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Teach  Yourself  Programming  in  Ten  Years  

By  Peter  Norvig  
Researchers  (Bloom  (1985),  Bryan  &  Harter  (1899),  Hayes  (1989),  Simmon  &  Chase  (1973))  have  
shown  it  takes  about  ten  years  to  develop  expertise  in  any  of  a  wide  variety  of  areas,  including  chess  
playing,  music  composition,  telegraph  operation,  painting,  piano  playing,  swimming,  tennis,  and  
research  in  neuropsychology  and  topology.  The  key  is  deliberative  practice:  not  just  doing  it  again  and  
again,  but  challenging  yourself  with  a  task  that  is  just  beyond  your  current  ability,  trying  it,  analyzing  
your  performance  while  and  after  doing  it,  and  correcting  any  mistakes.  Then  repeat.  And  repeat  again.  
There  appear  to  be  no  real  shortcuts:  even  Mozart,  who  was  a  musical  prodigy  at  age  4,  took  13  more  
years  before  he  began  to  produce  world-­‐class  music.  In  another  genre,  the  Beatles  seemed  to  burst  
onto  the  scene  with  a  string  of  #1  hits  and  an  appearance  on  the  Ed  Sullivan  show  in  1964.  But  they  
had  been  playing  small  clubs  in  Liverpool  and  Hamburg  since  1957,  and  while  they  had  mass  appeal  
early  on,  their  first  great  critical  success,  Sgt.  Peppers,  was  released  in  1967.  Malcolm  Gladwell  reports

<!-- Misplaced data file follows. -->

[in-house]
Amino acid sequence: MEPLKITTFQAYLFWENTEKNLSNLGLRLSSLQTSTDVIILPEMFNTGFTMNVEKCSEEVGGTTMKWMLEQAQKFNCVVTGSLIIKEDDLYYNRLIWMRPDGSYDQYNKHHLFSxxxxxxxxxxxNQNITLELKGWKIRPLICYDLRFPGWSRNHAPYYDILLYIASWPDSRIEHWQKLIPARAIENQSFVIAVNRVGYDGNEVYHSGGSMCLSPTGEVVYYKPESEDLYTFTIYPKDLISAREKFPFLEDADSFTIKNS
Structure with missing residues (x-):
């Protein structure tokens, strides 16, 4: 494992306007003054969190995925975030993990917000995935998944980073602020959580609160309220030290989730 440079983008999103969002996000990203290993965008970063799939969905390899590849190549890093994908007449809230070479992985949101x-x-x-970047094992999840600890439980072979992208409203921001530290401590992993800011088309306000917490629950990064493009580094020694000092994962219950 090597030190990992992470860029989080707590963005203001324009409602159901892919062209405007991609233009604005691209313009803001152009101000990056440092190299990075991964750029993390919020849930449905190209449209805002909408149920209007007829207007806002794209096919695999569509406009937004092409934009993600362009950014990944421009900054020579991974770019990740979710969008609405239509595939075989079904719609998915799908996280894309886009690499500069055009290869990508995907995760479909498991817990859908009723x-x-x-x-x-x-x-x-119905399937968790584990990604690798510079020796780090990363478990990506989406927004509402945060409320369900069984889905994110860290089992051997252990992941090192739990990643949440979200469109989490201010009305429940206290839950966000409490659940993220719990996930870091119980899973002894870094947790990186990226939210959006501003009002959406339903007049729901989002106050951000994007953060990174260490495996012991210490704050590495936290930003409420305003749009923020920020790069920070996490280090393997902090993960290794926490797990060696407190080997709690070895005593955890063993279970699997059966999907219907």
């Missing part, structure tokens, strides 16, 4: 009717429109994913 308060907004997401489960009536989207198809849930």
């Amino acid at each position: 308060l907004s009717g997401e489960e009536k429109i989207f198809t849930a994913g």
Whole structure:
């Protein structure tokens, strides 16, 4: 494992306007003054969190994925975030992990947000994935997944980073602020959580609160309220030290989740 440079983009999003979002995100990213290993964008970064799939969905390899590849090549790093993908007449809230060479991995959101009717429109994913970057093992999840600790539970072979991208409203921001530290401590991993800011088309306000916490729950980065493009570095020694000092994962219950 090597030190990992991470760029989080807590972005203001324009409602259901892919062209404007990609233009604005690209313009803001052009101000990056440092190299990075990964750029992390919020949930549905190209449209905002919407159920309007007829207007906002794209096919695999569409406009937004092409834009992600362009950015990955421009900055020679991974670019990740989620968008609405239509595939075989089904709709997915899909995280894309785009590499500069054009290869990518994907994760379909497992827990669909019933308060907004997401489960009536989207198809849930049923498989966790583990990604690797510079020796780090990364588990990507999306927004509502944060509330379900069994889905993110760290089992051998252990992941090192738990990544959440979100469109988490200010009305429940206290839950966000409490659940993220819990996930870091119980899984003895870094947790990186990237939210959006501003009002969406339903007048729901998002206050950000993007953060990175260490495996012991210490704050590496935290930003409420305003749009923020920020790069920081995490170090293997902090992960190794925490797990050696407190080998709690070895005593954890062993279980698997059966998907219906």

that  a  study  of  students  at  the  Berlin  Academy  of  Music  compared  the  top,  middle,  and  bottom  third  of  
the  class  and  asked  them  how  much  they  had  practiced:  
 
Everyone,  from  all  three  groups,  started  playing  at  roughly  the  same  time  
-­‐  around  the  age  of  five.  In  those  first  few  years,  everyone  practised  
roughly  the  same  amount  -­‐  about  two  or  three  hours  a  week.  But  around  
the  age  of  eight  real  differences  started  to  emerge.  The  students  who  
would  end  up  as  the  best  in  their  class  began  to  practise  more  than  
everyone  else:  six  hours  a  week  by  age  nine,  eight  by  age  12,  16  a  week  
by  age  14,  and  up  and  up,  until  by  the  age  of  20  they  were  practising  well  
over  30  hours  a  week.  By  the  age  of  20,  the  elite  performers  had  all  
totalled  10,000  hours  of  practice  over  the  course  of  their  lives.  The  
merely  good  students  had  totalled,  by  contrast,  8,000  hours,  and  the  
future  music  teachers  just  over  4,000  hours.  
 
So  it  may  be  that  10,000  hours,  not  10  years,  is  the  magic  number.  (Henri  Cartier-­‐Bresson